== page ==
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United States District Court, E.D. Michigan, Southern DivisionApr 12, 2005
Case Number: 04-80372. (E.D. Mich. Apr. 12, 2005)

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Case Number: 04-80372.

April 12, 2005



This matter is before the Court on Defendants' Joint Motion for Introduction and Admission of Polygraph Evidence [Doc. 90]. For the reasons stated, Defendants' motion is DENIED.


The underlying facts have been set out in prior orders, e.g., Opinion and Order Regarding Motions to Dismiss, February 28, 2005.

Defendants Carl Marlinga ("Marlinga"), Ralph R. Roberts ("Roberts"), and James Barcia ("Barcia") are charged in a nine count Indictment issued by the Grand Jury on April 22, 2004. Defendants are alleged to have engaged in various campaign contribution improprieties in connection with Marlinga's unsuccessful bid for election to the United States House of Representatives.

Roberts is charged in three counts (I, II, and VII). Barcia is charged in two counts (V and VIII). Marlinga is charged in all counts.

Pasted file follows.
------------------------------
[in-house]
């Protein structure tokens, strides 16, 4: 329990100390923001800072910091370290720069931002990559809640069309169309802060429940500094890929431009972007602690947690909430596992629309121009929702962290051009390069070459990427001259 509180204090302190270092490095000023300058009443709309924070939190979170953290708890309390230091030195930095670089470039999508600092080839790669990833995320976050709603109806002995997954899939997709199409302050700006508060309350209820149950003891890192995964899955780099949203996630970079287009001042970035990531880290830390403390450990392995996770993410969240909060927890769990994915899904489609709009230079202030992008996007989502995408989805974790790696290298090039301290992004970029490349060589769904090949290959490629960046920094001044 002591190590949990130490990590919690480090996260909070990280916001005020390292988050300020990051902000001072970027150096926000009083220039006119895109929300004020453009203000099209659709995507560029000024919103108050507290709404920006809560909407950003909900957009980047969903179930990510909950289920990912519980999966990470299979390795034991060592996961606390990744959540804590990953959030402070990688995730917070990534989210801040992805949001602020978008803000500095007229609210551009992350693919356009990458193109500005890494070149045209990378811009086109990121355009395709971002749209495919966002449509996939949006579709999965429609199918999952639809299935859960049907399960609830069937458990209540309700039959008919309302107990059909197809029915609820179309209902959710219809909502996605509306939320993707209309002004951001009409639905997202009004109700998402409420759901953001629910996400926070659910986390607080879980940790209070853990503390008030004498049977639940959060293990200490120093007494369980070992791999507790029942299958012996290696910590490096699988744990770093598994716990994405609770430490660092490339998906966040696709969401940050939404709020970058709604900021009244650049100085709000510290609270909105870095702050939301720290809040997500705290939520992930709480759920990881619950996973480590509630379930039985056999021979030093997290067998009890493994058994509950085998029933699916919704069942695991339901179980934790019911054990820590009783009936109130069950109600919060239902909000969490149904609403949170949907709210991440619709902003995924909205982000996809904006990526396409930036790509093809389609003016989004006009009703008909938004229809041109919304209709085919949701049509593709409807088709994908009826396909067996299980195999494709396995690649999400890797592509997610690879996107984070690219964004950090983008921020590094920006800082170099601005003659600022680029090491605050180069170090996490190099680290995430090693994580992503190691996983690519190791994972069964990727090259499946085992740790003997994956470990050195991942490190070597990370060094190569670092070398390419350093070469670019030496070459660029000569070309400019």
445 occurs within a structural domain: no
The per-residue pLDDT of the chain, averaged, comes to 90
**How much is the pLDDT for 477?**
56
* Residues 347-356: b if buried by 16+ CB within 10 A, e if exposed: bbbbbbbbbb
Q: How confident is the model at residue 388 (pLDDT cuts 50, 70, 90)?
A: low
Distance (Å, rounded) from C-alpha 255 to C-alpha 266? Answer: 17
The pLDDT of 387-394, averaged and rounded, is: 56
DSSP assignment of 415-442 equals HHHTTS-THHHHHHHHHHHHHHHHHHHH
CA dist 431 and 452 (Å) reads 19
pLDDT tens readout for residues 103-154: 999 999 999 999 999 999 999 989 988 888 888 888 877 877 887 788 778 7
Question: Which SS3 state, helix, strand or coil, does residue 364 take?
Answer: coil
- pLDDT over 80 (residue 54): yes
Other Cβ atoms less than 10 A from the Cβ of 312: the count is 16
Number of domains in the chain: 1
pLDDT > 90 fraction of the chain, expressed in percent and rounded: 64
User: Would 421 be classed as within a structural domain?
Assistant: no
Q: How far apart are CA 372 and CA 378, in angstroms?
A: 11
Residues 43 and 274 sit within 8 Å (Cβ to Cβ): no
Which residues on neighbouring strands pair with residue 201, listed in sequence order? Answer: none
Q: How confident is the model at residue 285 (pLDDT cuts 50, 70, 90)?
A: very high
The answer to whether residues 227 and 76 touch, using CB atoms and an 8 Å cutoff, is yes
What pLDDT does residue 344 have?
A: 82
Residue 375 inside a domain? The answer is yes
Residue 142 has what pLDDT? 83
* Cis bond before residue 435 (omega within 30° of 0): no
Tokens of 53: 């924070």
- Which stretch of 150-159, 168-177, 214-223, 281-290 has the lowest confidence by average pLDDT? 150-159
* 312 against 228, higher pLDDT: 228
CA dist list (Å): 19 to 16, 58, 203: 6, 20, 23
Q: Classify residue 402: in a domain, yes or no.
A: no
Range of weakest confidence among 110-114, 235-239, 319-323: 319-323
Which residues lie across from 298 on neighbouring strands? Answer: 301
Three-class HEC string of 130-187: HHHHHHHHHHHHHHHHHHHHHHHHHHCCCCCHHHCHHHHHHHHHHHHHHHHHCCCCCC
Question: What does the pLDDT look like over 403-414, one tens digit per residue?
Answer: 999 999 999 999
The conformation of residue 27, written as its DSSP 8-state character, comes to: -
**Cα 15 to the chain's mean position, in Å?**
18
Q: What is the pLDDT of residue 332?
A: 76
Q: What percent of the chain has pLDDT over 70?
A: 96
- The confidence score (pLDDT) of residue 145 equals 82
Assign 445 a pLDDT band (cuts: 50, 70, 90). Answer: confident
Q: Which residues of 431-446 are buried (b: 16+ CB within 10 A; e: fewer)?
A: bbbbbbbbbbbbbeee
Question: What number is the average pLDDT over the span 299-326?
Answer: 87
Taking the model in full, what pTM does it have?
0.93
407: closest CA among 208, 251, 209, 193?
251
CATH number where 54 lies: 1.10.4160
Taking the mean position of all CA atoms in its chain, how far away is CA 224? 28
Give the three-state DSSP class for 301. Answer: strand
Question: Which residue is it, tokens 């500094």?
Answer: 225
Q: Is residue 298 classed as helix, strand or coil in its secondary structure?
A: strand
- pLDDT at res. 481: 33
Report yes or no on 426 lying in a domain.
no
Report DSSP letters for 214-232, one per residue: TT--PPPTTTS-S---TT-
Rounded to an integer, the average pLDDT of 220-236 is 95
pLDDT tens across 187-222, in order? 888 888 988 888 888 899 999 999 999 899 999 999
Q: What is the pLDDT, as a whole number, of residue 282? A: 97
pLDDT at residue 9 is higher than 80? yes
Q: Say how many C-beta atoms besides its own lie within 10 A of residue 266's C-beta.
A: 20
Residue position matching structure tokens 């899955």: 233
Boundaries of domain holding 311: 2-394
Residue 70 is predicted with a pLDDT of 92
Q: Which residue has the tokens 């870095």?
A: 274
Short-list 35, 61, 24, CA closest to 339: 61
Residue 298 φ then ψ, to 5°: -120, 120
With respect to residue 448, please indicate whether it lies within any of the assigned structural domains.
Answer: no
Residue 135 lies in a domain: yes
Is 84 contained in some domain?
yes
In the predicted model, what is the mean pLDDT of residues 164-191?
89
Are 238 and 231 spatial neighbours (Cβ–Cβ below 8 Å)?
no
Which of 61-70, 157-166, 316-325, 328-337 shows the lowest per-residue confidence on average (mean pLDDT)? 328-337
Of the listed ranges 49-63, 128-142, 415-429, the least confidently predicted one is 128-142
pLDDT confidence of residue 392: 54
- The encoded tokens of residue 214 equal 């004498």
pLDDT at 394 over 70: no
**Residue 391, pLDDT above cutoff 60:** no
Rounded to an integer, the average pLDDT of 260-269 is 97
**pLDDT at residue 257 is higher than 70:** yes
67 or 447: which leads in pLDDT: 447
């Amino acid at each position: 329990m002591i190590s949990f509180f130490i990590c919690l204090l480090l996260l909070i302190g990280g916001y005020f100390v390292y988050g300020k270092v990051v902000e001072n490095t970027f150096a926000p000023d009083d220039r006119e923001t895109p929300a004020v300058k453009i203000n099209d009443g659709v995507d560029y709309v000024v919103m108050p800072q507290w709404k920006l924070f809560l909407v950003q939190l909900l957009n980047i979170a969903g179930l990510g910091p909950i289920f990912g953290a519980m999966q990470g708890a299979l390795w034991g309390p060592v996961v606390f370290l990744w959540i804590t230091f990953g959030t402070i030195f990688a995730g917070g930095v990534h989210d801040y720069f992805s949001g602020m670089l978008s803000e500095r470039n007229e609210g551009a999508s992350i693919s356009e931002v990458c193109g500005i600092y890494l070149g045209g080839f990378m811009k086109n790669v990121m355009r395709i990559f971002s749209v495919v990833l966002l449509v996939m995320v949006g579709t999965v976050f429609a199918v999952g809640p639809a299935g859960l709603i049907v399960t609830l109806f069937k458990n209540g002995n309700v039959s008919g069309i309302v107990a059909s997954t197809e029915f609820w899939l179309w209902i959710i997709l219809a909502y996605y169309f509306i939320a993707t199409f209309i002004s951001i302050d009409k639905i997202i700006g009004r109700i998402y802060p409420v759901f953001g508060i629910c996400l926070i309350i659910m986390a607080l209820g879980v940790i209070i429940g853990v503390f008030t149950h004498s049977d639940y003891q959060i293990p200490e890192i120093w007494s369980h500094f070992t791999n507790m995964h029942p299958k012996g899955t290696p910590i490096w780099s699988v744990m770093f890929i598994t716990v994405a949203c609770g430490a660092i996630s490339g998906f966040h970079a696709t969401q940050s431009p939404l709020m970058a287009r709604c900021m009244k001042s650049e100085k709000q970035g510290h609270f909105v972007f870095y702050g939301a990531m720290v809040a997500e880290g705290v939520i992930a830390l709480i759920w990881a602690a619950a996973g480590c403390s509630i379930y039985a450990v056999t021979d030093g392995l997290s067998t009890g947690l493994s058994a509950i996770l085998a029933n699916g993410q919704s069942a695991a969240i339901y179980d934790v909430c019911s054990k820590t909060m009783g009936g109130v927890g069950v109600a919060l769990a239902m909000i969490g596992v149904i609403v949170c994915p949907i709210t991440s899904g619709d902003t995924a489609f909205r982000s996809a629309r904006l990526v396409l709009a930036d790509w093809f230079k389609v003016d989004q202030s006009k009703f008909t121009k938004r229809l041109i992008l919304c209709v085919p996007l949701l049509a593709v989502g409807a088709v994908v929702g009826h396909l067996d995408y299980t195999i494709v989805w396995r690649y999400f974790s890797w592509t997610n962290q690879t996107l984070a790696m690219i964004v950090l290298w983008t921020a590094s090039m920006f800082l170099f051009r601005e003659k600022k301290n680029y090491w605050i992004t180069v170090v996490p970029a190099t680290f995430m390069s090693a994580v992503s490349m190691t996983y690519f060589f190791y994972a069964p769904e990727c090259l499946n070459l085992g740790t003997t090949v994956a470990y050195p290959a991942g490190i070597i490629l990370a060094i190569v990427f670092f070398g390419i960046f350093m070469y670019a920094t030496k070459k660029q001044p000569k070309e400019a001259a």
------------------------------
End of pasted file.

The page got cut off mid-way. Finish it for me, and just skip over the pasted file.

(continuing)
Roberts previously filed a Motion to Dismiss or Reformulate Count One as Duplicitous, and Roberts and Barcia filed Motions for Severance and Separate Trials. In light of the Court's rulings in Roberts and Barcia's favor on those motions, the Government decided to recall the Grand Jury which originally heard the case, present witnesses and present reformulated indictments. In this motion, Defendants seek to compel the Government to present the results of privately-administered polygraph tests to the Grand Jury. They also request to present the same evidence at trial. Defendants further request an evidentiary hearing to enable them to demonstrate that, under the current state of the science, polygraph evidence meets federal court standards for admissibility.

See Order and Opinion: (1) Granting Defendant Roberts' Motion to Reformulate Count One as Duplicitous; (2) Granting Defendants Roberts and Barcia's Motions for Severance Pursuant to F.R.Cr.P. 8(b); and (3) Declaring Moot Defendants Roberts and Barcia's Motions for Severance and Separate Trials Pursuant to F.R.Cr.P. 14(a), February 28, 2005.